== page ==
The report showed that the government continues to be adamant Not to pass the Access to Information Law, nor to publish agreements related to granting concessions.
Harmonization of Palestinian legislation with the requirements of the Convention remains incomplete
The harmonization of Palestinian legislation, in particular the Anti-Corruption Law No. 1 of 2005, with the requirements of the UNCAC, especially with regard to criminalizing corruption in the private sector, is incomplete and imbalanced with the harmonization achieved in terms of criminalizing acts of corruption in the public sector. For example, bribery is not criminalized in the private sector. In addition, criminalization of embezzlement of property, through abuse of credit contained in the Penal Code, is inconsistent with the considerations and strictness sought by the Convention in prosecuting corruption offences.
Moreover, the absence of a number of legislations such as: The Law on Promoting Competition and Preventing Monopoly; the Law on the Granting of Public Concessions, and the Law on Debt Settlement, all represent a legislative vacuum and hence affecting negatively the environment of integrity, transparency and accountability in the private sector’s work.
The absence of a general regulating law that defines the principles and rules for granting concessions in the management and operation of vital service facilities has weakened the supervisory role over these bodies
Franchising private sector companies in Palestine is still carried out without a comprehensive legal framework. This is due to the absence of a general law regulating the principles and rules for granting concessions in the management and operation of vital service facilities, which was privatized for the management or operation. The absence of the Law on Granting Concessions and Preventing Monopolies has weakened the supervisory role of the regulating bodies in general. Moreover, the government is not operating under an approved and published policy that can be invoked to privatize services, hence weakening the regulatory bodies in monitoring providers of these services as mentioned, and at times hinders the implementation of service provision. In addition, the boards of directors of many public shareholding companies that manage public utilities still do not adopt a binding system for disclosing conflicts of interest to their members.
Continuous attempts to restrict civil society organizations
In 2022, in the West Bank, there were continuous attempts to restrict the work space of CSOs such as issuing the regulation of the non-profit organizations sector, legal arrangements and the licensing system for media institutions.
In line with the provisions of the UNCAC, the Law-by-Decision on combating money laundering and terrorist financing was issued
In the area of anti-money laundering, Law by Decision No. (39) of 2022 on Anti-Money Laundering and Combating the Financing of Terrorism was issued, whose provisions in many respects are in line with the UNCAC including a set of necessary provisions to combat money laundering. Similarly, the Palestine Monetary Authority (PMA) also issued several instructions and circulars aimed at combating money laundering operations, such as: a procedural guide for banks and money-exchange centers on anti-money laundering and terrorist financing; Instructions No. (9) of 2022 regarding the issuance and reception of money transfers; Instructions No. (18) of 2021 concerning the function of combating money laundering and terrorist financing.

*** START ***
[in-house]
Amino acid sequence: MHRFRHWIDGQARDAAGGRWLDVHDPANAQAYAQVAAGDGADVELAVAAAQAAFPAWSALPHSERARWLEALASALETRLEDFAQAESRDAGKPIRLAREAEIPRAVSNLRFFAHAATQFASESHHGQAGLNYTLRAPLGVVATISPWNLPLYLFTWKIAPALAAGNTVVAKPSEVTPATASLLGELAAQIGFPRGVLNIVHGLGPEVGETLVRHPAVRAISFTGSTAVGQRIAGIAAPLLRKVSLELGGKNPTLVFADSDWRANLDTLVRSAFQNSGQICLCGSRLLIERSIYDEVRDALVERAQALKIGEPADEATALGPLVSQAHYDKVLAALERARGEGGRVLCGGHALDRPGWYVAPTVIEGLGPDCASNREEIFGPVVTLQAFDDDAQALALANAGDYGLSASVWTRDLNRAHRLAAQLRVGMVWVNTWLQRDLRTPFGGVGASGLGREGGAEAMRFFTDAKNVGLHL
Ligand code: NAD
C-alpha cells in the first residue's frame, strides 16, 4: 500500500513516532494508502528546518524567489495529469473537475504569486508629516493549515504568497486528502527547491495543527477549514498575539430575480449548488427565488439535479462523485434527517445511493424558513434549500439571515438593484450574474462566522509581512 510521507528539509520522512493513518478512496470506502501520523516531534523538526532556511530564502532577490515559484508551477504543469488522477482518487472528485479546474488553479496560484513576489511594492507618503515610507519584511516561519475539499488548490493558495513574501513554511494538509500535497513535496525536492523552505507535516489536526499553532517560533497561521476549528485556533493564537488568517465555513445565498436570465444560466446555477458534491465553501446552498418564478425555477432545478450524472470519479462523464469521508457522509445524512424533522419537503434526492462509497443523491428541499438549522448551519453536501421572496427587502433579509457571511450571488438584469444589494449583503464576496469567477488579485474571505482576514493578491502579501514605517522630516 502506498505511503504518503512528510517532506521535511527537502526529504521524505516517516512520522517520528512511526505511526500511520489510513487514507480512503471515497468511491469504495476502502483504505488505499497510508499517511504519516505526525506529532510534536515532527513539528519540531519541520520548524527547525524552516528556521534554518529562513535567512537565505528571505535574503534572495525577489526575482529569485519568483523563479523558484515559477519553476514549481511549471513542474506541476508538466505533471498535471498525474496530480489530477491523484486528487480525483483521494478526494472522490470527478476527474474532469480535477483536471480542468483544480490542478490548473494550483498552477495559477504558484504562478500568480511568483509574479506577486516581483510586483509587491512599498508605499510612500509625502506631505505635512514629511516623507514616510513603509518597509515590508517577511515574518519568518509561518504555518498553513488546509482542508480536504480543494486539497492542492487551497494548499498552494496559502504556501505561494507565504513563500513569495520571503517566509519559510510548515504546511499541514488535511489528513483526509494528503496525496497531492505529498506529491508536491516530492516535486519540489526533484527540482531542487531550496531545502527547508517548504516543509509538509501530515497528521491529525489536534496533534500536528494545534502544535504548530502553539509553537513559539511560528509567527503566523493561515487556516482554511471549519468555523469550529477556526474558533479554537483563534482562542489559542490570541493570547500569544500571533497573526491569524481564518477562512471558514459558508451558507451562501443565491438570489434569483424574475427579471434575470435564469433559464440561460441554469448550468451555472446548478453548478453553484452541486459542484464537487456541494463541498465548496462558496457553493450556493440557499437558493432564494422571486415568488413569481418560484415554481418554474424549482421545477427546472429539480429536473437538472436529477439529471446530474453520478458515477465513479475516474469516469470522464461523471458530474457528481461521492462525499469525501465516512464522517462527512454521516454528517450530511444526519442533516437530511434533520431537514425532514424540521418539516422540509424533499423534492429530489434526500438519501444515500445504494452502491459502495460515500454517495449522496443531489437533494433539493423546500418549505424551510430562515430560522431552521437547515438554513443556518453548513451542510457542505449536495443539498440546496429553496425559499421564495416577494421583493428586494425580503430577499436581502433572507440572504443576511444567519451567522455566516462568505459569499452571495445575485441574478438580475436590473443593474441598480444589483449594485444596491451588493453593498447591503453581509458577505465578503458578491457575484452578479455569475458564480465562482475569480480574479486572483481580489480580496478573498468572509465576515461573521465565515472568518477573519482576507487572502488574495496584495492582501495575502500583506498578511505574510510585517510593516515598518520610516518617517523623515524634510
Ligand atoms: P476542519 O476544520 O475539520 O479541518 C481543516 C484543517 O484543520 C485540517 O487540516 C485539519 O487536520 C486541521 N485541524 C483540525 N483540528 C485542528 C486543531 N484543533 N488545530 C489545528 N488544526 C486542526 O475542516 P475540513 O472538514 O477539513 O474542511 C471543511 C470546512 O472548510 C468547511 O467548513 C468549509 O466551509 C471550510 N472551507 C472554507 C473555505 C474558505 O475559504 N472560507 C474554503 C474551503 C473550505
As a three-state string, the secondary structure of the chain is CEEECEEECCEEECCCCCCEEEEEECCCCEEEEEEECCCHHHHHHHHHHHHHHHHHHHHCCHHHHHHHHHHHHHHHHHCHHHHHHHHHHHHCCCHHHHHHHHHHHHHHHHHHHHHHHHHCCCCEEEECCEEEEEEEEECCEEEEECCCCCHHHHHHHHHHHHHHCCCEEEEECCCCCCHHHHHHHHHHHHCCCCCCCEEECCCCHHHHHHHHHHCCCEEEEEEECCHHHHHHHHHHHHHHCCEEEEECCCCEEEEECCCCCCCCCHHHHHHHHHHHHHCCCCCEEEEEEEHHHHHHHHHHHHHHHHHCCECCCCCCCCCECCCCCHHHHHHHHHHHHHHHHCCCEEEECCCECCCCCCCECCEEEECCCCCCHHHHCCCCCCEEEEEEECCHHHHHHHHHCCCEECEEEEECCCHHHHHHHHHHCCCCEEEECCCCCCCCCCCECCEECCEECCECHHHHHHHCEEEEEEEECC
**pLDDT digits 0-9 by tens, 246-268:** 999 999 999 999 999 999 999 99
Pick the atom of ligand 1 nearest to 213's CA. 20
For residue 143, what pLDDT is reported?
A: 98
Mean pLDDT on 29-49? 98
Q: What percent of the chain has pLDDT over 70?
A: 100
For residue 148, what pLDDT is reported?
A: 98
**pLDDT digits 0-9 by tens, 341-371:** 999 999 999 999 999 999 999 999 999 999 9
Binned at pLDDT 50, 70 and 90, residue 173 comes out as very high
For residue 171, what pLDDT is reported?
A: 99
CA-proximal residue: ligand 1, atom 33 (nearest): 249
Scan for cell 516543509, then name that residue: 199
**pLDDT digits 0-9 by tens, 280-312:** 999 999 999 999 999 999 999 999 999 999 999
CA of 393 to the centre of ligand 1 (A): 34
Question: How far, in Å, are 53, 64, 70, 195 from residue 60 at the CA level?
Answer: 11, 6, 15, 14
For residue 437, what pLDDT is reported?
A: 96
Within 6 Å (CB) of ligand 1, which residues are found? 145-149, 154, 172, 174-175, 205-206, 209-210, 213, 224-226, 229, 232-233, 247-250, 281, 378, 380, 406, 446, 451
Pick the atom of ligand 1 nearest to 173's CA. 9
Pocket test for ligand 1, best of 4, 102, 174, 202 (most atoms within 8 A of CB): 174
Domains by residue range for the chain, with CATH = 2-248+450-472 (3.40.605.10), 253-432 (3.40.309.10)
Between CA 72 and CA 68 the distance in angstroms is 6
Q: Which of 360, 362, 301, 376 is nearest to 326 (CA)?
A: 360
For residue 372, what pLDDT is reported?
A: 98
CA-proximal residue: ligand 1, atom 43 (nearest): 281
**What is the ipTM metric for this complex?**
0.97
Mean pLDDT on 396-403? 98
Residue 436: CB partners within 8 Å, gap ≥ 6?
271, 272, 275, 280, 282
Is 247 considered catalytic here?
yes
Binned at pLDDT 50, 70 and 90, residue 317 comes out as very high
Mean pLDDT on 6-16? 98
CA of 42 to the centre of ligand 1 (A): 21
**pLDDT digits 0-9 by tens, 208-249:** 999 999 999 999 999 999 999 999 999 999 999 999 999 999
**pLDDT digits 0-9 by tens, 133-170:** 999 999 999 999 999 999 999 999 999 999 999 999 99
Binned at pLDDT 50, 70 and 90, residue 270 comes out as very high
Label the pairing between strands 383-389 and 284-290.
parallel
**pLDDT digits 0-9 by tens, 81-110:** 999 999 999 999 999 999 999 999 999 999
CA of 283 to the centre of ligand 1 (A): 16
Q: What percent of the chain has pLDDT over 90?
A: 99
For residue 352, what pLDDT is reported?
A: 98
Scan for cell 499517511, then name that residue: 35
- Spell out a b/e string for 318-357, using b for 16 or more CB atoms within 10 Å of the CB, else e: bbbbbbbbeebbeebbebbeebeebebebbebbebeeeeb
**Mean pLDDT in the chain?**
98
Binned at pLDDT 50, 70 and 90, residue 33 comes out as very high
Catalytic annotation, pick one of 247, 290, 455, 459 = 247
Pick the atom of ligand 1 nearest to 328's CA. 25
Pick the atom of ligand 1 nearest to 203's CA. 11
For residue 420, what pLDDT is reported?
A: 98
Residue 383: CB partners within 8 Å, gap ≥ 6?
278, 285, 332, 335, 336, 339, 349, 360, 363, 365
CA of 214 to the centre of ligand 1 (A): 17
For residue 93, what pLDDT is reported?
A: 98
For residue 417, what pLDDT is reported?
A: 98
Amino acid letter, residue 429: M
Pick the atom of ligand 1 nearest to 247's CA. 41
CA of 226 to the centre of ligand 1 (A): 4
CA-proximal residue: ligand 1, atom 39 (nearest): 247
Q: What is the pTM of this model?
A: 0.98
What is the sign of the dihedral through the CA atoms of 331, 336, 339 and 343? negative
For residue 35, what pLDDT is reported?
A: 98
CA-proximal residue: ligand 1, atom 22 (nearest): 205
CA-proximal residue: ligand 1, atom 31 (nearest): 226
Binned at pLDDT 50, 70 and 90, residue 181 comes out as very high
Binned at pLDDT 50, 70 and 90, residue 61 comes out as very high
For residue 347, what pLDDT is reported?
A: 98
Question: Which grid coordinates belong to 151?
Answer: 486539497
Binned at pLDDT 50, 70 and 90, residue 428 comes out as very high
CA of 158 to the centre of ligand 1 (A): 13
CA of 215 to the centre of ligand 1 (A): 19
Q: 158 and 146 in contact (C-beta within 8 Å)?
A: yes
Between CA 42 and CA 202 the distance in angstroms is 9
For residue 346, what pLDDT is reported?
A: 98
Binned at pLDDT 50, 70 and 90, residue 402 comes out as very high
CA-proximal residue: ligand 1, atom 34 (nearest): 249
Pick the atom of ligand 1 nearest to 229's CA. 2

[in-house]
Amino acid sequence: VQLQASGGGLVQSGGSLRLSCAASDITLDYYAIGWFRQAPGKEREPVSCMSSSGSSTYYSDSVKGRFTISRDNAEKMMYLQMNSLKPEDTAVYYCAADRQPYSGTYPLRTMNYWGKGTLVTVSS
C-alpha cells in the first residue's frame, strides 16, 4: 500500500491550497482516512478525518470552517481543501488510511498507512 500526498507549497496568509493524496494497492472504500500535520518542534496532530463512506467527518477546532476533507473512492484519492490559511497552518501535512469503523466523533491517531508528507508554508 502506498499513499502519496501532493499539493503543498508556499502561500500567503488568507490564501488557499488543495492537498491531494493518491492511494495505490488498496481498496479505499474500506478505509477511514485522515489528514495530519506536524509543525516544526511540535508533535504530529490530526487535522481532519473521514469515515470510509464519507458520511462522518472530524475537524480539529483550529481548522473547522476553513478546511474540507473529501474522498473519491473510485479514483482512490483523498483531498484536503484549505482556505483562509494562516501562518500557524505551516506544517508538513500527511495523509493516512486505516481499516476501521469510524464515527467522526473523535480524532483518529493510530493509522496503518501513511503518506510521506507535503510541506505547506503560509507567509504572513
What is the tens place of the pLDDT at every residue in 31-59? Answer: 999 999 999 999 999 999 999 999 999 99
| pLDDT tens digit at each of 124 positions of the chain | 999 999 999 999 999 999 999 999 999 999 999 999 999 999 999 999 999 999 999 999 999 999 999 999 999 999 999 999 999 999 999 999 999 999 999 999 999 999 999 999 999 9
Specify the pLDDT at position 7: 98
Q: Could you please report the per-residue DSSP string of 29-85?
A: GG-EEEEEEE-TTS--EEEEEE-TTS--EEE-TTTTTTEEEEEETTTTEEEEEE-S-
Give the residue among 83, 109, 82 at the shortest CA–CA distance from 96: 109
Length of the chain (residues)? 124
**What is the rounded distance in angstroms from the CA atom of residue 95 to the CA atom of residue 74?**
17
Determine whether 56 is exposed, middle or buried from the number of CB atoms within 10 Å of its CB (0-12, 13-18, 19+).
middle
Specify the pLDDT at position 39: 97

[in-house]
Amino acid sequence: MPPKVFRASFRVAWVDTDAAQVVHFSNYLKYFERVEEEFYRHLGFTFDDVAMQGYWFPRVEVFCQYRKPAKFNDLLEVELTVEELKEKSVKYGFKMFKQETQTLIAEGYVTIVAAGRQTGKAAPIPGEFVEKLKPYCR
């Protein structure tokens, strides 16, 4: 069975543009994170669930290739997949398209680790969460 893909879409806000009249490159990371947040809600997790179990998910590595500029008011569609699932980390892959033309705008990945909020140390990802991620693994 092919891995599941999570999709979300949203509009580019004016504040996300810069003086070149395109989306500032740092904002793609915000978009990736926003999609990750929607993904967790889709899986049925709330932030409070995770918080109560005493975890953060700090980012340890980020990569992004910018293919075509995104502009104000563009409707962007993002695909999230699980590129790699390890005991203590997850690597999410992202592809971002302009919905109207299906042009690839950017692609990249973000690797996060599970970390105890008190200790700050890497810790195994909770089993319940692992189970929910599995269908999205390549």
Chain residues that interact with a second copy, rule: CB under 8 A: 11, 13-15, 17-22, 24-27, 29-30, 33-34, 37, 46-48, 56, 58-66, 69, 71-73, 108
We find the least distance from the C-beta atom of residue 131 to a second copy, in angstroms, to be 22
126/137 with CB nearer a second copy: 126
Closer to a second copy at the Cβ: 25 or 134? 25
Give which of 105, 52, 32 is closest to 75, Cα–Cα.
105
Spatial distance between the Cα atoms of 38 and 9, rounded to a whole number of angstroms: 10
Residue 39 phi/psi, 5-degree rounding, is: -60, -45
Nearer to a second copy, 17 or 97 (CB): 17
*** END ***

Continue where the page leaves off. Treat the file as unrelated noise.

Obstacles facing the State of Palestine in concluding bilateral agreements and becoming signatory to international conventions in the area of international judicial cooperation
It is safe to say that the State of Palestine continues to face many obstacles in the legislative and executive areas, especially in concluding bilateral agreements and becoming signatory to international conventions in regard to international judicial cooperation. This is true in terms of assets recovery derived from commissions of crimes, and or the execution of sentences or extradition of criminals.
To strengthen anti-corruption preventive tools, the State of Palestine has become a signatory of several UN treaties and a number of international and Arab memorandums of understanding (MoU)
It is noteworthy that the State of Palestine has become a signatory of the UNCAC in 2014; the United Nations Convention against Transnational Organized Crime (UNTOC) in 2015; United Nations Convention against Illicit Traffic in Narcotic Drugs and Psychotropic Substances in 2018; International Criminal Police Organization (Interpol) on Sept. 27, 2017, which opened the way for Palestine to pursue some individuals attempting to escape justice. Moreover, the State of Palestine is committed to arresting and holding accountable any Palestinian who escapes justice and is accused of a crime committed in another Interpol member state. In addition, the ACC continued to sign MOUs at the international and Arab levels with the aim of exchanging experiences and strengthening preventive anti-corruption tools.
To download the report: